Could better tests help reverse the rise of drug-resistant infections?
A growing number of infections — such as pneumonia, gonorrhea and tuberculosis — are becoming harder to treat, as bacteria evolve defenses against antibiotics faster than we can develop new drugs to replace them.
Duke University game theorist David McAdams says faster, more accurate tests for drug-resistant infections are being developed that could, at least in theory, change the game and turn the tables against some drug-resistant bacteria — but with a caveat.
That’s the take-home of a new modeling study led by McAdams and infectious disease expert Sam Brown of the Georgia Institute of Technology, to be published May 16 in the journal PLOS Biology.
The researchers used a type of mathematical model in epidemiology called a SIS model to predict the rate of spread of resistant and non-resistant strains of a given pathogen, with and without improved testing, to see which strains would take over.
Currently, a doctor who suspects a patient has a bacterial infection will often prescribe a “best guess” antibiotic, without knowing for sure whether that drug will be effective. But some bacterial strains may carry genetic mutations that help them survive the standard treatment. These survivors then continue to multiply and pass on their protective genes to their offspring. Over the generations, resistant bacteria eventually push out easier-to-treat ones.
A doctor can send a patient sample such as a throat swab or urine sample away for laboratory testing and adjust the prescription if necessary, but such tests can take days.
Armed with rapid tests for resistance, doctors could find the best treatment for a particular patient within minutes rather than days, on the patient’s first doctor visit — before they take unnecessarily broad-spectrum drugs that are more likely to fuel resistance.
Knowing at the outset whether the standard first-line drug will work, doctors could prescribe that for patients when it’s effective, or choose another when the traditional therapy is likely to fail. By doing so, bacteria resistant to first-line drugs lose the survival advantage they would otherwise have.
“It’s like selectively targeting resistant infections with a sniper gun, instead of carpet-bombing every infection with the same one-size-fits-all treatment,” McAdams said.
Not only that, doctors and others can take additional steps to reduce transmission of bacteria resistant to first-line antibiotics, such as keeping an infected child home from school longer. “Diagnostic-informed treatment and control is a one-two punch,” McAdams said. “Targeted treatment takes away the survival advantage enjoyed by resistant strains, but it’s the extra transmission control measures that can put these bacteria at an overall disadvantage relative to more-easily-treated strains.”
“We can potentially turn the Darwinian tables on antibiotic-resistant bacteria,” McAdams said.
But there’s a catch, the researchers found. Many microbes live for some time on our skin or in our bodies peacefully, not causing trouble, during which time these “bystanders” are often incidentally exposed to multiple courses of antibiotics doled out for other infections.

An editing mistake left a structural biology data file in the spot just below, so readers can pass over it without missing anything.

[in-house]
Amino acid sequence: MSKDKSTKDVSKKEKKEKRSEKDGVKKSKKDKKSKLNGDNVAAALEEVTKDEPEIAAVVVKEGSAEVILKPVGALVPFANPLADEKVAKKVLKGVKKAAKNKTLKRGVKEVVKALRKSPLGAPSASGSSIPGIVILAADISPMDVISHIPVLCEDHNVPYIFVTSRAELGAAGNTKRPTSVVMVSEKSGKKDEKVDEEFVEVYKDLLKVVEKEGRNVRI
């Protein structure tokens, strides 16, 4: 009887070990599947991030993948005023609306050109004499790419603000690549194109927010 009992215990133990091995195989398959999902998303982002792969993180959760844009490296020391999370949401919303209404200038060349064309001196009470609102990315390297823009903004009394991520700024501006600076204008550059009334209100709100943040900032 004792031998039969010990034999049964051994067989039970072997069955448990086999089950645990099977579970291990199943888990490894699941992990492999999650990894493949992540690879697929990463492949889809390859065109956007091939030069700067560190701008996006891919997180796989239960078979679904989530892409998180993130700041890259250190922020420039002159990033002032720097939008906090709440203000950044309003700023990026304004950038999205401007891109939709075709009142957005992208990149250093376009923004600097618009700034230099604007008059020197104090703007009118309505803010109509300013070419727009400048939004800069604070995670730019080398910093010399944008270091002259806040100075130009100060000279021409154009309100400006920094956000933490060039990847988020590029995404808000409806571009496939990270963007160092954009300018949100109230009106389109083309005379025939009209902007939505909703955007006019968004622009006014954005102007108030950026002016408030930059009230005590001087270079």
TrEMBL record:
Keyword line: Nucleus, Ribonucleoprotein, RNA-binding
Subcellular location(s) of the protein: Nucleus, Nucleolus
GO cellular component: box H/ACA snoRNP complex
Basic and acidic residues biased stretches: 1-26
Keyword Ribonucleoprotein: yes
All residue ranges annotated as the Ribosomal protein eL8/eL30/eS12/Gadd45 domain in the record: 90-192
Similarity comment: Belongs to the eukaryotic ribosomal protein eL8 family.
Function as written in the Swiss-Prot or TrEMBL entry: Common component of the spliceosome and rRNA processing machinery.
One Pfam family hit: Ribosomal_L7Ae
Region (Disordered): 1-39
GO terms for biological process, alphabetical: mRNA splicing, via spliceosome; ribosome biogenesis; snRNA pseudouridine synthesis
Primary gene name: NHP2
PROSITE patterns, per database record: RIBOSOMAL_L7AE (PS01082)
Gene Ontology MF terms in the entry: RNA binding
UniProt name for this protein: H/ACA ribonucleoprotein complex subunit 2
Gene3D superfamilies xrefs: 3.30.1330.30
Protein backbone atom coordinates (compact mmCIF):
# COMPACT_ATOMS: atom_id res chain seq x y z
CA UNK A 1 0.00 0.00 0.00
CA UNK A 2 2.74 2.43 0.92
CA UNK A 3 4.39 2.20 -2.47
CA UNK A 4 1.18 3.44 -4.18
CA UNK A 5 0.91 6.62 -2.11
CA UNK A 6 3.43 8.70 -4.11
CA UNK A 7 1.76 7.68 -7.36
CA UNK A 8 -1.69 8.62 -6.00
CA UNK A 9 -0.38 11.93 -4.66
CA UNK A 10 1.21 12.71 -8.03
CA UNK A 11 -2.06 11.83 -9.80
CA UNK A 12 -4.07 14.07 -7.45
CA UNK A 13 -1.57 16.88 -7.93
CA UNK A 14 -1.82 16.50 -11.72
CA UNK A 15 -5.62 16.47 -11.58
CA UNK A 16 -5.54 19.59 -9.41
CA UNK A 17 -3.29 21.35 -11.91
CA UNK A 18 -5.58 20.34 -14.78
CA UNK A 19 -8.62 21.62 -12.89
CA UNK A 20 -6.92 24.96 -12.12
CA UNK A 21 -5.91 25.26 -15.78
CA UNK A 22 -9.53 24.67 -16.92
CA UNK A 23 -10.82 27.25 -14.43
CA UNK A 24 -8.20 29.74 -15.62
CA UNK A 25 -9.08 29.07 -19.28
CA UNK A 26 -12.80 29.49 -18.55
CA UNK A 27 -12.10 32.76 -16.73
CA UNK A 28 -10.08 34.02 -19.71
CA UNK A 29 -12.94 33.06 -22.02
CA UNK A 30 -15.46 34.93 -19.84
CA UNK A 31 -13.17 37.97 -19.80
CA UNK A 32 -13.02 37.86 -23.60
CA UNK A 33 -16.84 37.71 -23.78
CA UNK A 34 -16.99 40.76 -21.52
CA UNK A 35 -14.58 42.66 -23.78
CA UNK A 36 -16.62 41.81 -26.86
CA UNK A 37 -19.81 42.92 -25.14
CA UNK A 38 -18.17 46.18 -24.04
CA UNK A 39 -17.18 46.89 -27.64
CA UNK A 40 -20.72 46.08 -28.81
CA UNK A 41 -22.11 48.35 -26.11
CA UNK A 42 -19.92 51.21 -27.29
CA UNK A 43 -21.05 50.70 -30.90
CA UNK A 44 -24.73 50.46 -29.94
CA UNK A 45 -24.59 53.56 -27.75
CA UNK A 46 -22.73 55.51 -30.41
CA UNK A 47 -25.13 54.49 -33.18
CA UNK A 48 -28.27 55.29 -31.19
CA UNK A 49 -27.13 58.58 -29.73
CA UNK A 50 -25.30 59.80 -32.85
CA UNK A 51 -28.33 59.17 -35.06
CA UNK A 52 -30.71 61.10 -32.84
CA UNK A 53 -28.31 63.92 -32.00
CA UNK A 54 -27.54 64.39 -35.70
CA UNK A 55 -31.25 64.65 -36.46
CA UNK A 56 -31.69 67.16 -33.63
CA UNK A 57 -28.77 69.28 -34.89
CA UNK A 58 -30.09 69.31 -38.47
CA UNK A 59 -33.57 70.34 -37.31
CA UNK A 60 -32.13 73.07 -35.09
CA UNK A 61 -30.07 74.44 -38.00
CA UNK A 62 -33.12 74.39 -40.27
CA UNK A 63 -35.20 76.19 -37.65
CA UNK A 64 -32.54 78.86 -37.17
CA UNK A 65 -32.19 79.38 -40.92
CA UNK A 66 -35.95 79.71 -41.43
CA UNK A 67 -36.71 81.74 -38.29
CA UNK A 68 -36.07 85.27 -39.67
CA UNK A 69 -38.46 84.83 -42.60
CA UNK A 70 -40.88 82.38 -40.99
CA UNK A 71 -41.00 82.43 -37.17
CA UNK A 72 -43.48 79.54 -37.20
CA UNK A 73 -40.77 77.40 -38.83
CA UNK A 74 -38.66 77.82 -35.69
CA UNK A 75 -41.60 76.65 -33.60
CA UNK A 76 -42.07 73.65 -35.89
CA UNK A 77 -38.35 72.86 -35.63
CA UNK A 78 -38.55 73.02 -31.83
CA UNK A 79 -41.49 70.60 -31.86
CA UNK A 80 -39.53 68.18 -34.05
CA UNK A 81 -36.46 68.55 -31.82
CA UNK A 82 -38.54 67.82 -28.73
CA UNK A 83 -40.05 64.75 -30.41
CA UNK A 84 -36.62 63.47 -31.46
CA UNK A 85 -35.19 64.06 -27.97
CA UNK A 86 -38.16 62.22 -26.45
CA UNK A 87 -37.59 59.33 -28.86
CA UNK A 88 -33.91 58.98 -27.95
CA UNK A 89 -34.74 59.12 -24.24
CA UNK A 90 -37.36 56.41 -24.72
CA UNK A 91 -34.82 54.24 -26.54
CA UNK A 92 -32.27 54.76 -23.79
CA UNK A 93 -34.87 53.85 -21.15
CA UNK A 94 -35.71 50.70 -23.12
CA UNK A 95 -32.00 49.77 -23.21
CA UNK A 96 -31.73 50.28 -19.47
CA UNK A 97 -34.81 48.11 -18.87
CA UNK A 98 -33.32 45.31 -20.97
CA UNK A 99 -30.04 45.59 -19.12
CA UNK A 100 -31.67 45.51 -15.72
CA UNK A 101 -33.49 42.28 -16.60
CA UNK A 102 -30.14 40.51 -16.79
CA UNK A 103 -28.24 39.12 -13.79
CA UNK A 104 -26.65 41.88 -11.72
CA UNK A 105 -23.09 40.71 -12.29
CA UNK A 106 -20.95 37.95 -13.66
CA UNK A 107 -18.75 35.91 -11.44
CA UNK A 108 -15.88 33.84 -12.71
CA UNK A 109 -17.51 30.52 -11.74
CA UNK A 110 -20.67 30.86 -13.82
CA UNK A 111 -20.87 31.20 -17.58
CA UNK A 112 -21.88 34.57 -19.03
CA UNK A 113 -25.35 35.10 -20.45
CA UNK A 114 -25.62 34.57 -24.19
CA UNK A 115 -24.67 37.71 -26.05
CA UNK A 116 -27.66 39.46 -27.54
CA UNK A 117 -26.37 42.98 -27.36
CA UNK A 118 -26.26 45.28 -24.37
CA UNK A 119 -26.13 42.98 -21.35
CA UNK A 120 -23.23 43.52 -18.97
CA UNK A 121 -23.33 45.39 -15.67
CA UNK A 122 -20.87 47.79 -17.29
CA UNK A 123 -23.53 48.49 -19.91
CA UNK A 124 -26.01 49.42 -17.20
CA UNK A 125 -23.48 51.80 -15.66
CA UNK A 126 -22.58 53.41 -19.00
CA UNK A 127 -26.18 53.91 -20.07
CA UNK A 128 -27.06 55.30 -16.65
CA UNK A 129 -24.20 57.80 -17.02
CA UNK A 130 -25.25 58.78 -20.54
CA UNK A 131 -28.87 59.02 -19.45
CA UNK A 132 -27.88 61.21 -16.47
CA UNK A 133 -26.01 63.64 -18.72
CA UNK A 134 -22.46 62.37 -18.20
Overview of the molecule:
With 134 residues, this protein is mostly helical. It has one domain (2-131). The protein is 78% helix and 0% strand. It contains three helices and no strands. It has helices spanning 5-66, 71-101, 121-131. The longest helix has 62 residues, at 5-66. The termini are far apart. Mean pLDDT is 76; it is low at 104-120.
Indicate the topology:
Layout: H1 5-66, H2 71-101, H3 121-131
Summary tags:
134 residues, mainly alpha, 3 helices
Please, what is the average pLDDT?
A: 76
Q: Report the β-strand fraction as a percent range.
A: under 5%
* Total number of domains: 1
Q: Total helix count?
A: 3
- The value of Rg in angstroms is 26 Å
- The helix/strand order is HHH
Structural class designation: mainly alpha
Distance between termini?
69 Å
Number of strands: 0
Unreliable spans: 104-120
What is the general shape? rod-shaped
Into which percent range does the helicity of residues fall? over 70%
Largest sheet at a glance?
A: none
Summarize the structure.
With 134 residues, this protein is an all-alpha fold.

Particularly for these types of bacteria, the team’s models show, simply using rapid tests for patients who feel sick won’t be enough to tip the scales.
To reduce or even reverse the spread of resistance, the team found, we must also screen for asymptomatic carriers who don’t show signs and usually go undetected — before they unwittingly contribute to the spread of drug-resistant germs.
The stakes are high, scientists say. As many as 50,000 lives are lost each year to drug-resistant infections in Europe and the United States alone, and that number is expected to grow in coming years. According to one recent estimate, antimicrobial resistance left unchecked could kill 10 million people worldwide a year by 2050. That’s one person every three seconds — more than cancer.
Some experts warn of a grim future where even minor conditions such as urinary tract infections or scraped knees could turn lethal. Routine procedures such as cesarean sections and joint replacements could put patients at risk of contracting “superbugs” that existing drugs are unable to kill.
The team found that only by taking swift action to identify unsuspecting carriers, treat them and keep them away from others — such as by encouraging carriers to stay home until their infection has cleared — can we hope to turn the tide.
Results of their model also show that once enough infections become impervious to all the antibiotics that are available, rapid testing does little to control their spread, and new drugs are needed.
To be sure, the ability to identify resistant infections faster and treat them better makes rapid diagnostics worth the investment, McAdams said. But “our analysis implies that focusing on rapid diagnostics, while good, is not good enough” to preserve the power of existing antibiotics.
“We shouldn’t settle for a post-antibiotic fate,” McAdams said. “It’s not just about discovering new antibiotics. It’s about developing better diagnostic tools and intervention capabilities to preserve the antibiotics we already have.”